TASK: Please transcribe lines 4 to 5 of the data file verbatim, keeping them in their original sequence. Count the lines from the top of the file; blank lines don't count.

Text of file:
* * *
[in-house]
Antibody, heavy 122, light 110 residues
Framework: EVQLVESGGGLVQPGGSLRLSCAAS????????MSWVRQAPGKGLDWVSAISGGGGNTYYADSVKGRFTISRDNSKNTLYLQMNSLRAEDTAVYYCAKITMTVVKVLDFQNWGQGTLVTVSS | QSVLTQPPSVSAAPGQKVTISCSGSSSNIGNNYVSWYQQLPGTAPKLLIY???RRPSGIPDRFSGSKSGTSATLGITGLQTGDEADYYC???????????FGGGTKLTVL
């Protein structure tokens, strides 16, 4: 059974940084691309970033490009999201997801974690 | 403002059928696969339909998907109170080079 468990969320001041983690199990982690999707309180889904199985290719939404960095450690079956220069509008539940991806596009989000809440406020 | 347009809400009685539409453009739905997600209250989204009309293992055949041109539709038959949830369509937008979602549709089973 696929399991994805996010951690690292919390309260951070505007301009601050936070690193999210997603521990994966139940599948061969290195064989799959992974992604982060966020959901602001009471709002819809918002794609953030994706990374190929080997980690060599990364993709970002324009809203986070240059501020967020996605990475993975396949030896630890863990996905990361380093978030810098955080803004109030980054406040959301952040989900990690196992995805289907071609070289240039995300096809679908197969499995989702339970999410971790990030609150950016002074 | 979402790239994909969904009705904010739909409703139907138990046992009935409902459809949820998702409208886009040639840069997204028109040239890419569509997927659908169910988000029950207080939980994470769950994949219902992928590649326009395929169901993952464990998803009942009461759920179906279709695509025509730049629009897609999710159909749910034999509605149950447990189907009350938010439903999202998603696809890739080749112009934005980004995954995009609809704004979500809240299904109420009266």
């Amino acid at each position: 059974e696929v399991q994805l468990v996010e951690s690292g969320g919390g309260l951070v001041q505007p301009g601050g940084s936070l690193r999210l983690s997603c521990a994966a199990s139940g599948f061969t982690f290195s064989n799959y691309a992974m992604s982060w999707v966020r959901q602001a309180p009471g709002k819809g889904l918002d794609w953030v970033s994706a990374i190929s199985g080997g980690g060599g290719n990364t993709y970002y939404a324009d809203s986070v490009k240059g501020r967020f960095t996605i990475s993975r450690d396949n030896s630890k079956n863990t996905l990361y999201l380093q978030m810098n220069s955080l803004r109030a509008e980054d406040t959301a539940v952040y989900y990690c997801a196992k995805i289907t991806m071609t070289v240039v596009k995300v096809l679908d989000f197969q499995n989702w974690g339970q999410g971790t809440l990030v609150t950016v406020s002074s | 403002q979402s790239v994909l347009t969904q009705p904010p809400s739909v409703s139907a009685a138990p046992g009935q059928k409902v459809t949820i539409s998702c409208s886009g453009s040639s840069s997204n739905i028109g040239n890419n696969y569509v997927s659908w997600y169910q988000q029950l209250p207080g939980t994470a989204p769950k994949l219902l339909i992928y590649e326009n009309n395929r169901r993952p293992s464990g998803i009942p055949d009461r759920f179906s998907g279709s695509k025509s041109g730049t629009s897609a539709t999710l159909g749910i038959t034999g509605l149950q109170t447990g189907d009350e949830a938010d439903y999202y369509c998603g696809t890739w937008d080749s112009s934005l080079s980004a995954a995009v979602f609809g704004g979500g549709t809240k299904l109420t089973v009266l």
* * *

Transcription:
């Protein structure tokens, strides 16, 4: 059974940084691309970033490009999201997801974690 | 403002059928696969339909998907109170080079 468990969320001041983690199990982690999707309180889904199985290719939404960095450690079956220069509008539940991806596009989000809440406020 | 347009809400009685539409453009739905997600209250989204009309293992055949041109539709038959949830369509937008979602549709089973 696929399991994805996010951690690292919390309260951070505007301009601050936070690193999210997603521990994966139940599948061969290195064989799959992974992604982060966020959901602001009471709002819809918002794609953030994706990374190929080997980690060599990364993709970002324009809203986070240059501020967020996605990475993975396949030896630890863990996905990361380093978030810098955080803004109030980054406040959301952040989900990690196992995805289907071609070289240039995300096809679908197969499995989702339970999410971790990030609150950016002074 | 979402790239994909969904009705904010739909409703139907138990046992009935409902459809949820998702409208886009040639840069997204028109040239890419569509997927659908169910988000029950207080939980994470769950994949219902992928590649326009395929169901993952464990998803009942009461759920179906279709695509025509730049629009897609999710159909749910034999509605149950447990189907009350938010439903999202998603696809890739080749112009934005980004995954995009609809704004979500809240299904109420009266």
């Amino acid at each position: 059974e696929v399991q994805l468990v996010e951690s690292g969320g919390g309260l951070v001041q505007p301009g601050g940084s936070l690193r999210l983690s997603c521990a994966a199990s139940g599948f061969t982690f290195s064989n799959y691309a992974m992604s982060w999707v966020r959901q602001a309180p009471g709002k819809g889904l918002d794609w953030v970033s994706a990374i190929s199985g080997g980690g060599g290719n990364t993709y970002y939404a324009d809203s986070v490009k240059g501020r967020f960095t996605i990475s993975r450690d396949n030896s630890k079956n863990t996905l990361y999201l380093q978030m810098n220069s955080l803004r109030a509008e980054d406040t959301a539940v952040y989900y990690c997801a196992k995805i289907t991806m071609t070289v240039v596009k995300v096809l679908d989000f197969q499995n989702w974690g339970q999410g971790t809440l990030v609150t950016v406020s002074s | 403002q979402s790239v994909l347009t969904q009705p904010p809400s739909v409703s139907a009685a138990p046992g009935q059928k409902v459809t949820i539409s998702c409208s886009g453009s040639s840069s997204n739905i028109g040239n890419n696969y569509v997927s659908w997600y169910q988000q029950l209250p207080g939980t994470a989204p769950k994949l219902l339909i992928y590649e326009n009309n395929r169901r993952p293992s464990g998803i009942p055949d009461r759920f179906s998907g279709s695509k025509s041109g730049t629009s897609a539709t999710l159909g749910i038959t034999g509605l149950q109170t447990g189907d009350e949830a938010d439903y999202y369509c998603g696809t890739w937008d080749s112009s934005l080079s980004a995954a995009v979602f609809g704004g979500g549709t809240k299904l109420t089973v009266l």